Washington, June 23 (IANS) Kids who experience emotional, physical and sexual abuse are more likely to experience frequent headaches, including chronic migraine, as adults, says a study.
Using data from the Adverse Childhood Experiences (ACE) study of 17,337 adult members of the Kaiser Health Plan in San Diego, Gretchen E. Tietjen, University of Toledo College Of Medicine, and her team found that the ACEs showed a graded relationship to the likelihood of experiencing frequent headaches.
"We looked at eight ACEs -- emotional, physical, or sexual abuse, witnessing domestic violence, growing up with mental illness in the home, having household members who were incarcerated or were using drugs, and experiencing parental separation or divorce," Tietjen said.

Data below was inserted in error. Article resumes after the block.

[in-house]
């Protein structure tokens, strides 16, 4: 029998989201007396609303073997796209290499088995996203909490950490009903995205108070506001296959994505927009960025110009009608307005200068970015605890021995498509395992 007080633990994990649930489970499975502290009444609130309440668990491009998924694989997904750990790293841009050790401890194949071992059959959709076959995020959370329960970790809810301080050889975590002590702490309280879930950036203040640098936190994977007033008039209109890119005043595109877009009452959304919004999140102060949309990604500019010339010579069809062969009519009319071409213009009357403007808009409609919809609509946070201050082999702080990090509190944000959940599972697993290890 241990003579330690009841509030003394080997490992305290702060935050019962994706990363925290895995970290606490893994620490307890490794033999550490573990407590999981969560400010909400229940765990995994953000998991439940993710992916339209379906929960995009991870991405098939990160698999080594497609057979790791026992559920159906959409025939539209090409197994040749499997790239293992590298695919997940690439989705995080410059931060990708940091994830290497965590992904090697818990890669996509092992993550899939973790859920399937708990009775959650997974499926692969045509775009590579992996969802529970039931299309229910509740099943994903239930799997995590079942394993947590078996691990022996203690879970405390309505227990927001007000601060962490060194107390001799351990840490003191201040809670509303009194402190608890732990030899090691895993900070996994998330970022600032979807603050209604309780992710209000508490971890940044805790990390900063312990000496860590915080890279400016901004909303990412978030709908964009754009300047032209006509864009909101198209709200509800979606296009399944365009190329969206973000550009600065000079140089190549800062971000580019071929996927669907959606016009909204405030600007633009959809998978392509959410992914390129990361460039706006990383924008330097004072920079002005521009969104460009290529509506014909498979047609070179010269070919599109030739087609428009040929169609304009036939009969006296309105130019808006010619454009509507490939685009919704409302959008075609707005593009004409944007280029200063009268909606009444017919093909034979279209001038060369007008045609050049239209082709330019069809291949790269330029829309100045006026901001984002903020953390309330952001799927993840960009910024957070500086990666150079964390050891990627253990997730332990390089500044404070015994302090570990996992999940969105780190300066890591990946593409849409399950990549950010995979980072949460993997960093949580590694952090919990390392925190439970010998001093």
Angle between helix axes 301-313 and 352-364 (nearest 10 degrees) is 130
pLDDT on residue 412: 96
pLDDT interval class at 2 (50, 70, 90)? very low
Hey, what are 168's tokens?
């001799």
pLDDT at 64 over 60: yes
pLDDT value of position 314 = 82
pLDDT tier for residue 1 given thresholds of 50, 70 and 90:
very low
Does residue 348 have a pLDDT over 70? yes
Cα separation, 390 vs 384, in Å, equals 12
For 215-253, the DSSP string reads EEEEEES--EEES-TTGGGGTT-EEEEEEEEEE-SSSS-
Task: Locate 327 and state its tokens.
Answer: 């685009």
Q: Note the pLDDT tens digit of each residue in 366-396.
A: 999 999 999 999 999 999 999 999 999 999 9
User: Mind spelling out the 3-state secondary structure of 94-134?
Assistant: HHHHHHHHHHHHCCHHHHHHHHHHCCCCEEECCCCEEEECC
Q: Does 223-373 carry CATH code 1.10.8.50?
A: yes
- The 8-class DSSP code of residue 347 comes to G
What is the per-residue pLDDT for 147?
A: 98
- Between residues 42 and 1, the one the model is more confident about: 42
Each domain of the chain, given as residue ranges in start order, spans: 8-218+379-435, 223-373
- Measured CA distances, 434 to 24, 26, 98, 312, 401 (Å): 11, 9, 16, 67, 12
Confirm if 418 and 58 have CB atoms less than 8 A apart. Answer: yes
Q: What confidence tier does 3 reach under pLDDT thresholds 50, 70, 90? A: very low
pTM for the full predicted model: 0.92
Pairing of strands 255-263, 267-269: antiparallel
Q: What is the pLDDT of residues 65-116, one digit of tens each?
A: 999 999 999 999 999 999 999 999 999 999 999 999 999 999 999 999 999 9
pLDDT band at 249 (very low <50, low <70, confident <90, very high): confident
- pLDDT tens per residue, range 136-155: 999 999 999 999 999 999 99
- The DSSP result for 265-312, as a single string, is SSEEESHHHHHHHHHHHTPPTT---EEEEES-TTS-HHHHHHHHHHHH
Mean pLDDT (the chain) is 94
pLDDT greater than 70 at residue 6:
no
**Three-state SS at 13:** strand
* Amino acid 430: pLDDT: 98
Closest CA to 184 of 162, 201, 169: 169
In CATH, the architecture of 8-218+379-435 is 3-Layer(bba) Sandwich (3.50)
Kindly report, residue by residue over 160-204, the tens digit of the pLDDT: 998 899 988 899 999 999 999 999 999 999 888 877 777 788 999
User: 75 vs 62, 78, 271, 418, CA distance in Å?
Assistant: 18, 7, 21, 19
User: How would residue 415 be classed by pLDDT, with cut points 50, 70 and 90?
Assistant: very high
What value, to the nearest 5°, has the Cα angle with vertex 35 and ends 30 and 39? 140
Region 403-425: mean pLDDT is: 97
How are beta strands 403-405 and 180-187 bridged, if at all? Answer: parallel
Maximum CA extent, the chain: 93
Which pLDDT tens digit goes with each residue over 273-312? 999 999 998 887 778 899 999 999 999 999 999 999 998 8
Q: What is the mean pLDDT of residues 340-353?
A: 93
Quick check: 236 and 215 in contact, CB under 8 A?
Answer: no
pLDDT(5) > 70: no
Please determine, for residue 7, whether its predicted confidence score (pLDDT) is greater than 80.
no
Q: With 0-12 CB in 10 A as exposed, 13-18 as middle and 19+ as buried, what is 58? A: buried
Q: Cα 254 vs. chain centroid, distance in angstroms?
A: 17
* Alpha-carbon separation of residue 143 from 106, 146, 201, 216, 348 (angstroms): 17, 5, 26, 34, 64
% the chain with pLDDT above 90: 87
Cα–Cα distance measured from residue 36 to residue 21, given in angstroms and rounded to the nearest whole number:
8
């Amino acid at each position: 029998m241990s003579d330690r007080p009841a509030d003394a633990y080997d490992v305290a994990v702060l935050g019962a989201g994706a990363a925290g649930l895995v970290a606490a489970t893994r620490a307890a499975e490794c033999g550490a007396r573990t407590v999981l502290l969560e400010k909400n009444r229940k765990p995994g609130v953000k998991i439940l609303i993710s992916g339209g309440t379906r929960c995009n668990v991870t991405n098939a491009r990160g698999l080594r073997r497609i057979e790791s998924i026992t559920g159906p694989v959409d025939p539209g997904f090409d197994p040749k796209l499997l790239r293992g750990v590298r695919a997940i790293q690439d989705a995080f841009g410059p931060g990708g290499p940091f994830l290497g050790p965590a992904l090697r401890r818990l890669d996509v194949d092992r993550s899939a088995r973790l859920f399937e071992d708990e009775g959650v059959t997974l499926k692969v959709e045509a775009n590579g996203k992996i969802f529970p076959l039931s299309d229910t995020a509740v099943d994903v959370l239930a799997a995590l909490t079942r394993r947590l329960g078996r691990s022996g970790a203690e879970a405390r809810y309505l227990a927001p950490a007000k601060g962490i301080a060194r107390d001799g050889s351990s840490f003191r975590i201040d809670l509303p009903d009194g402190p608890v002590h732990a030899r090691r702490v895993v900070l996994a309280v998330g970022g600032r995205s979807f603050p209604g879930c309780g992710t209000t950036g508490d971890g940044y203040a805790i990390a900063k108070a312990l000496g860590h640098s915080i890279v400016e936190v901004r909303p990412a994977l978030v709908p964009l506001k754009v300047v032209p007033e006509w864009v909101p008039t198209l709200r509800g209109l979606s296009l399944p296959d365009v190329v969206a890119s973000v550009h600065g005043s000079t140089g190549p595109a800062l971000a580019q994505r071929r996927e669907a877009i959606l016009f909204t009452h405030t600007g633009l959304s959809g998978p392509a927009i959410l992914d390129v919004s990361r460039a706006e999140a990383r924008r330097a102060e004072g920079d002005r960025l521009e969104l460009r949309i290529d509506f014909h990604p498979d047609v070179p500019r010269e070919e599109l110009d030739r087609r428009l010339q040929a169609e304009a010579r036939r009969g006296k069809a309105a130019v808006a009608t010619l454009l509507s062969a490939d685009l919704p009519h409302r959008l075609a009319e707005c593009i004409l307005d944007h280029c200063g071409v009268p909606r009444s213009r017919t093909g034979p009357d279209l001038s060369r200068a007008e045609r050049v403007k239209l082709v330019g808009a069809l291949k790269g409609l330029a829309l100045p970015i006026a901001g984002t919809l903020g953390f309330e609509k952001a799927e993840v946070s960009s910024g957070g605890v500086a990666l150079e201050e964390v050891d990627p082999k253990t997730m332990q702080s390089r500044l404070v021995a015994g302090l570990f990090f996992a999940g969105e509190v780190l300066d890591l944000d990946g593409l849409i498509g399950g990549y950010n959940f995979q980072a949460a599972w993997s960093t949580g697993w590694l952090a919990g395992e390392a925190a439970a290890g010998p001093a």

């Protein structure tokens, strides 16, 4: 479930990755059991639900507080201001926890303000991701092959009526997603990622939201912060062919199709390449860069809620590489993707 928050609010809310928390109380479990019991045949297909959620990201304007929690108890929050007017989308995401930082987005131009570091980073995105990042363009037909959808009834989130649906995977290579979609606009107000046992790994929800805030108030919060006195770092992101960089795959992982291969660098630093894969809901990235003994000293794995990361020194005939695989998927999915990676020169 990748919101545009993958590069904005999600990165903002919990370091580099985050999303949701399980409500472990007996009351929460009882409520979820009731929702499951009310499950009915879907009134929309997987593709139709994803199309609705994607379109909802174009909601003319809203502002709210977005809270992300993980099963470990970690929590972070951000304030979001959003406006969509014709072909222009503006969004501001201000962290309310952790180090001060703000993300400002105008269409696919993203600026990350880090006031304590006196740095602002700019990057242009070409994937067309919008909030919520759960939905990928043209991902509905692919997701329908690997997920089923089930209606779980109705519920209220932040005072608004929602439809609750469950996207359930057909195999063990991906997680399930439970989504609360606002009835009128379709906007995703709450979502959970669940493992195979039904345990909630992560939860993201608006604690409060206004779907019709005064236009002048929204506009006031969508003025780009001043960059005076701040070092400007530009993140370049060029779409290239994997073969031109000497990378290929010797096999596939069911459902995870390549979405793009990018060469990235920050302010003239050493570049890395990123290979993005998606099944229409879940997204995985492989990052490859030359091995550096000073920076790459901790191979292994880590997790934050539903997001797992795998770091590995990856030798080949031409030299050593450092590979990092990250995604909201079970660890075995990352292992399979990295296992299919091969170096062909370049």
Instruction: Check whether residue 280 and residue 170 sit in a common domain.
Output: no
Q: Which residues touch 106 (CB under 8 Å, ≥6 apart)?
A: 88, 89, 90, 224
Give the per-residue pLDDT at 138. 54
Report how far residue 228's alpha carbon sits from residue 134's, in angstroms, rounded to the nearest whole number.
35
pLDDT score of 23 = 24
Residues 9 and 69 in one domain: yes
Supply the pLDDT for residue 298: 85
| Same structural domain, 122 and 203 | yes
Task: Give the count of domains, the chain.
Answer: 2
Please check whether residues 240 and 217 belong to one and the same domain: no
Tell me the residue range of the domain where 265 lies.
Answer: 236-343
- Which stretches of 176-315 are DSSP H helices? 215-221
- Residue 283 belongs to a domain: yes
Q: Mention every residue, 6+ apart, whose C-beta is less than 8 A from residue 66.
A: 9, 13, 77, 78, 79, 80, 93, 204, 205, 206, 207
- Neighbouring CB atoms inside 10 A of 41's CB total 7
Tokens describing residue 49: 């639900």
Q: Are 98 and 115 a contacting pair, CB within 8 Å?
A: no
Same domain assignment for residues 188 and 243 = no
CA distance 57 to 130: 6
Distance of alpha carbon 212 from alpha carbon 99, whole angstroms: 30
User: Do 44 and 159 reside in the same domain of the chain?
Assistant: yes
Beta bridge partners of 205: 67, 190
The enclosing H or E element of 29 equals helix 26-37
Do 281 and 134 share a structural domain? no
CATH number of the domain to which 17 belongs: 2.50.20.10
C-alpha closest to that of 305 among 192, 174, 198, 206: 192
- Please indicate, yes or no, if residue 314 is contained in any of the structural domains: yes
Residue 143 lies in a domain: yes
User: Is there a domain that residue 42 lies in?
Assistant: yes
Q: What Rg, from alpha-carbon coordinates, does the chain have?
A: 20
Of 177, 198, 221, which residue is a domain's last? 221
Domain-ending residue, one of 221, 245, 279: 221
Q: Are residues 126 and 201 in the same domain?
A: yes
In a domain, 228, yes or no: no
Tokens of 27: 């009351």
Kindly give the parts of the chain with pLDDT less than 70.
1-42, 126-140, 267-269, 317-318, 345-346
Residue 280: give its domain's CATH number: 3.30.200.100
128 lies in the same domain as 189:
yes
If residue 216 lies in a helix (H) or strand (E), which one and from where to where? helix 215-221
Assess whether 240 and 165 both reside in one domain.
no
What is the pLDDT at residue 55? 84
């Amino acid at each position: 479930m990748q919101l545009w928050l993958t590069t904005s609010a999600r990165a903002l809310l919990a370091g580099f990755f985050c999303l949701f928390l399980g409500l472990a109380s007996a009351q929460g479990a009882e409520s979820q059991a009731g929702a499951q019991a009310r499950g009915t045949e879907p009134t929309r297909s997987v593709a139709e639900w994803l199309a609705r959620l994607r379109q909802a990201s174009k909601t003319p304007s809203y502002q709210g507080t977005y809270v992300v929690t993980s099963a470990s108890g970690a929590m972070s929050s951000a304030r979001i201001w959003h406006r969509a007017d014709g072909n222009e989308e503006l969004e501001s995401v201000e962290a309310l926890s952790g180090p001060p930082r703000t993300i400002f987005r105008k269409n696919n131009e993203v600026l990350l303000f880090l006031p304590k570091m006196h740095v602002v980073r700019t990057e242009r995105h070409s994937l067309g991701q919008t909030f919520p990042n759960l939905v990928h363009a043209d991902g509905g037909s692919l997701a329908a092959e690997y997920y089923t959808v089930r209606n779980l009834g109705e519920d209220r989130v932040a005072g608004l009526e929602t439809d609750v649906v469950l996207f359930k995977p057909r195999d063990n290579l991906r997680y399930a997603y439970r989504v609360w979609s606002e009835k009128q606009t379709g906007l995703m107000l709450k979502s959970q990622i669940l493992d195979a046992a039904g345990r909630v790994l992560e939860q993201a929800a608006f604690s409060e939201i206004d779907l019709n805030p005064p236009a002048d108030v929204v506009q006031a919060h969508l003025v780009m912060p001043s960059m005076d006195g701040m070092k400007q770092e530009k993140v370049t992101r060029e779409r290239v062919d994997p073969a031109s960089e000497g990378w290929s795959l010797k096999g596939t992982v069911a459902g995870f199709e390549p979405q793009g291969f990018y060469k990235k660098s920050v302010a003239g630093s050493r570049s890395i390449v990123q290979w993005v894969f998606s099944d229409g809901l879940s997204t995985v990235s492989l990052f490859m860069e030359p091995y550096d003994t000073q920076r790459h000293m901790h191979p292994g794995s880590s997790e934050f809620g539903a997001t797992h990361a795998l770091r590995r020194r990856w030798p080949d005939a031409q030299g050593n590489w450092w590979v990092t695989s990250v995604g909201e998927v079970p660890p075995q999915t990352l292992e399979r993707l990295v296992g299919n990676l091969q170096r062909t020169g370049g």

"Each ACE increased the chance of frequent headache, and as the number of ACEs increased, so did the risk of frequent headache. This 'dose-response' relationship' suggests that ACEs may contribute to the development and frequency of severe headaches later in life," she added.
"Earlier studies have linked childhood maltreatment to frequent headaches and migraine," said David Dodick, president of the American Headache Society (AHS), according to the University of Toledo release.
"The biological underpinnings of this relationship should be a target of future research and clinicians should be aware of this important relationship in order to facilitate appropriate management strategies," Tietjen said.
These findings were presented at the American Headache Society's 52nd Annual Scientific Meeting in Los Angeles.